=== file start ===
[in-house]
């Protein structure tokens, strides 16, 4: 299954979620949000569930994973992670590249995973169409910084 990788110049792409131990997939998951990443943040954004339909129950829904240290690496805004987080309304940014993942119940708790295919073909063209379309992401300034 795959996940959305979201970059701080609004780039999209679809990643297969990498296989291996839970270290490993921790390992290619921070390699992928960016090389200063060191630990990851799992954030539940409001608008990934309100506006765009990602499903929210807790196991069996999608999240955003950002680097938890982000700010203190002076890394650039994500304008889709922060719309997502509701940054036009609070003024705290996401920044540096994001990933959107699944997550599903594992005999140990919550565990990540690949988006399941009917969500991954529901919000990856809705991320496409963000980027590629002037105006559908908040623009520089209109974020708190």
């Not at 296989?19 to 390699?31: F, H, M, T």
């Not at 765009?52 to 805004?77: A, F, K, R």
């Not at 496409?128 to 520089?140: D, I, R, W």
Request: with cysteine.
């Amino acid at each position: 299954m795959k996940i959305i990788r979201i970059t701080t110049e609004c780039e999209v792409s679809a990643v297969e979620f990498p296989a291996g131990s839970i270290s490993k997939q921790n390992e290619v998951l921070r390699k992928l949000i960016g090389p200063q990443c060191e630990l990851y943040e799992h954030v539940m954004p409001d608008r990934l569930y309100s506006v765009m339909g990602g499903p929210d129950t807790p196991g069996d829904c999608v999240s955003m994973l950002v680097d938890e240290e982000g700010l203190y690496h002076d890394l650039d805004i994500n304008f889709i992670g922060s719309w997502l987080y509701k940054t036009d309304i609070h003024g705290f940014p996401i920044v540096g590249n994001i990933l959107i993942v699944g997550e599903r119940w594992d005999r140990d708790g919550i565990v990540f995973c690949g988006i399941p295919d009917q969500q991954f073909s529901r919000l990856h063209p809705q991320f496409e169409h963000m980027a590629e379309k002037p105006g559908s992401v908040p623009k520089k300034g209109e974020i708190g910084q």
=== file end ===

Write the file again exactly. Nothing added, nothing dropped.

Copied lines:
[in-house]
């Protein structure tokens, strides 16, 4: 299954979620949000569930994973992670590249995973169409910084 990788110049792409131990997939998951990443943040954004339909129950829904240290690496805004987080309304940014993942119940708790295919073909063209379309992401300034 795959996940959305979201970059701080609004780039999209679809990643297969990498296989291996839970270290490993921790390992290619921070390699992928960016090389200063060191630990990851799992954030539940409001608008990934309100506006765009990602499903929210807790196991069996999608999240955003950002680097938890982000700010203190002076890394650039994500304008889709922060719309997502509701940054036009609070003024705290996401920044540096994001990933959107699944997550599903594992005999140990919550565990990540690949988006399941009917969500991954529901919000990856809705991320496409963000980027590629002037105006559908908040623009520089209109974020708190």
């Not at 296989?19 to 390699?31: F, H, M, T």
């Not at 765009?52 to 805004?77: A, F, K, R």
């Not at 496409?128 to 520089?140: D, I, R, W």
Request: with cysteine.
């Amino acid at each position: 299954m795959k996940i959305i990788r979201i970059t701080t110049e609004c780039e999209v792409s679809a990643v297969e979620f990498p296989a291996g131990s839970i270290s490993k997939q921790n390992e290619v998951l921070r390699k992928l949000i960016g090389p200063q990443c060191e630990l990851y943040e799992h954030v539940m954004p409001d608008r990934l569930y309100s506006v765009m339909g990602g499903p929210d129950t807790p196991g069996d829904c999608v999240s955003m994973l950002v680097d938890e240290e982000g700010l203190y690496h002076d890394l650039d805004i994500n304008f889709i992670g922060s719309w997502l987080y509701k940054t036009d309304i609070h003024g705290f940014p996401i920044v540096g590249n994001i990933l959107i993942v699944g997550e599903r119940w594992d005999r140990d708790g919550i565990v990540f995973c690949g988006i399941p295919d009917q969500q991954f073909s529901r919000l990856h063209p809705q991320f496409e169409h963000m980027a590629e379309k002037p105006g559908s992401v908040p623009k520089k300034g209109e974020i708190g910084q």